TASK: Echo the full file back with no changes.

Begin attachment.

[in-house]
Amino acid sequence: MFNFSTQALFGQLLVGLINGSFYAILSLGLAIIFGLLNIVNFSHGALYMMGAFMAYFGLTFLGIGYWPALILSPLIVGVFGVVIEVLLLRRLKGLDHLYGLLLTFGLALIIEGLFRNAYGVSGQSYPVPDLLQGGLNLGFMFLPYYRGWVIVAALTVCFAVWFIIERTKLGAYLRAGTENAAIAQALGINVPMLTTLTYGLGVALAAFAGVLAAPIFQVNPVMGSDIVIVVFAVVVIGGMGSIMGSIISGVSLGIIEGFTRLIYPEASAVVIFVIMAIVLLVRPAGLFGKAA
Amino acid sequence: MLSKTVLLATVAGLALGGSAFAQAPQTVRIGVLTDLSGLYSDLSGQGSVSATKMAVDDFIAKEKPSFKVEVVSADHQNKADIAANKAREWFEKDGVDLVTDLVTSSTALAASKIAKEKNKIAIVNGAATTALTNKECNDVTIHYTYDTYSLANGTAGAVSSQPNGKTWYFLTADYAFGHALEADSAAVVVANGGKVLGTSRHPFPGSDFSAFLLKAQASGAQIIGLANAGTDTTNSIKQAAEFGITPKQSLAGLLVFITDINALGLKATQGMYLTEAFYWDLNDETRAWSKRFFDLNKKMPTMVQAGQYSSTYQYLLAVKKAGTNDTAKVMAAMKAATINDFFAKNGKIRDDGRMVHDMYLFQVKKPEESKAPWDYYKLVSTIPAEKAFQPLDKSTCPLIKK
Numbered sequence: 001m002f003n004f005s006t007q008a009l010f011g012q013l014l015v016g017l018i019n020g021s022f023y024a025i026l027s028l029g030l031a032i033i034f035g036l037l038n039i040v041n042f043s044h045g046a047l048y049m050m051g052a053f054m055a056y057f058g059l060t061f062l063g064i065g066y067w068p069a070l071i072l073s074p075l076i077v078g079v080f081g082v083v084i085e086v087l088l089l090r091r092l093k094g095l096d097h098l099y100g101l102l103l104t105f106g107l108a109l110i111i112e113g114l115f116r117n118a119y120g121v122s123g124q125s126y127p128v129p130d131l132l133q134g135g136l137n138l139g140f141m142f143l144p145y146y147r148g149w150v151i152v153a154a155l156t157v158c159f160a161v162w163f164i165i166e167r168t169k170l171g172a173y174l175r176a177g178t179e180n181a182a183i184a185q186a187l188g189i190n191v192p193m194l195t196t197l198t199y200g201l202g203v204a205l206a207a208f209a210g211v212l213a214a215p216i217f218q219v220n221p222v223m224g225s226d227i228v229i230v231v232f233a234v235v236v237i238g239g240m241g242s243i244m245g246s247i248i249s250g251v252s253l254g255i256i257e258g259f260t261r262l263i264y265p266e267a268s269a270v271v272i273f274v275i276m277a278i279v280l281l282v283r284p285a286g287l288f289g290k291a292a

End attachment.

[in-house]
Amino acid sequence: MFNFSTQALFGQLLVGLINGSFYAILSLGLAIIFGLLNIVNFSHGALYMMGAFMAYFGLTFLGIGYWPALILSPLIVGVFGVVIEVLLLRRLKGLDHLYGLLLTFGLALIIEGLFRNAYGVSGQSYPVPDLLQGGLNLGFMFLPYYRGWVIVAALTVCFAVWFIIERTKLGAYLRAGTENAAIAQALGINVPMLTTLTYGLGVALAAFAGVLAAPIFQVNPVMGSDIVIVVFAVVVIGGMGSIMGSIISGVSLGIIEGFTRLIYPEASAVVIFVIMAIVLLVRPAGLFGKAA
Amino acid sequence: MLSKTVLLATVAGLALGGSAFAQAPQTVRIGVLTDLSGLYSDLSGQGSVSATKMAVDDFIAKEKPSFKVEVVSADHQNKADIAANKAREWFEKDGVDLVTDLVTSSTALAASKIAKEKNKIAIVNGAATTALTNKECNDVTIHYTYDTYSLANGTAGAVSSQPNGKTWYFLTADYAFGHALEADSAAVVVANGGKVLGTSRHPFPGSDFSAFLLKAQASGAQIIGLANAGTDTTNSIKQAAEFGITPKQSLAGLLVFITDINALGLKATQGMYLTEAFYWDLNDETRAWSKRFFDLNKKMPTMVQAGQYSSTYQYLLAVKKAGTNDTAKVMAAMKAATINDFFAKNGKIRDDGRMVHDMYLFQVKKPEESKAPWDYYKLVSTIPAEKAFQPLDKSTCPLIKK
Numbered sequence: 001m002f003n004f005s006t007q008a009l010f011g012q013l014l015v016g017l018i019n020g021s022f023y024a025i026l027s028l029g030l031a032i033i034f035g036l037l038n039i040v041n042f043s044h045g046a047l048y049m050m051g052a053f054m055a056y057f058g059l060t061f062l063g064i065g066y067w068p069a070l071i072l073s074p075l076i077v078g079v080f081g082v083v084i085e086v087l088l089l090r091r092l093k094g095l096d097h098l099y100g101l102l103l104t105f106g107l108a109l110i111i112e113g114l115f116r117n118a119y120g121v122s123g124q125s126y127p128v129p130d131l132l133q134g135g136l137n138l139g140f141m142f143l144p145y146y147r148g149w150v151i152v153a154a155l156t157v158c159f160a161v162w163f164i165i166e167r168t169k170l171g172a173y174l175r176a177g178t179e180n181a182a183i184a185q186a187l188g189i190n191v192p193m194l195t196t197l198t199y200g201l202g203v204a205l206a207a208f209a210g211v212l213a214a215p216i217f218q219v220n221p222v223m224g225s226d227i228v229i230v231v232f233a234v235v236v237i238g239g240m241g242s243i244m245g246s247i248i249s250g251v252s253l254g255i256i257e258g259f260t261r262l263i264y265p266e267a268s269a270v271v272i273f274v275i276m277a278i279v280l281l282v283r284p285a286g287l288f289g290k291a292a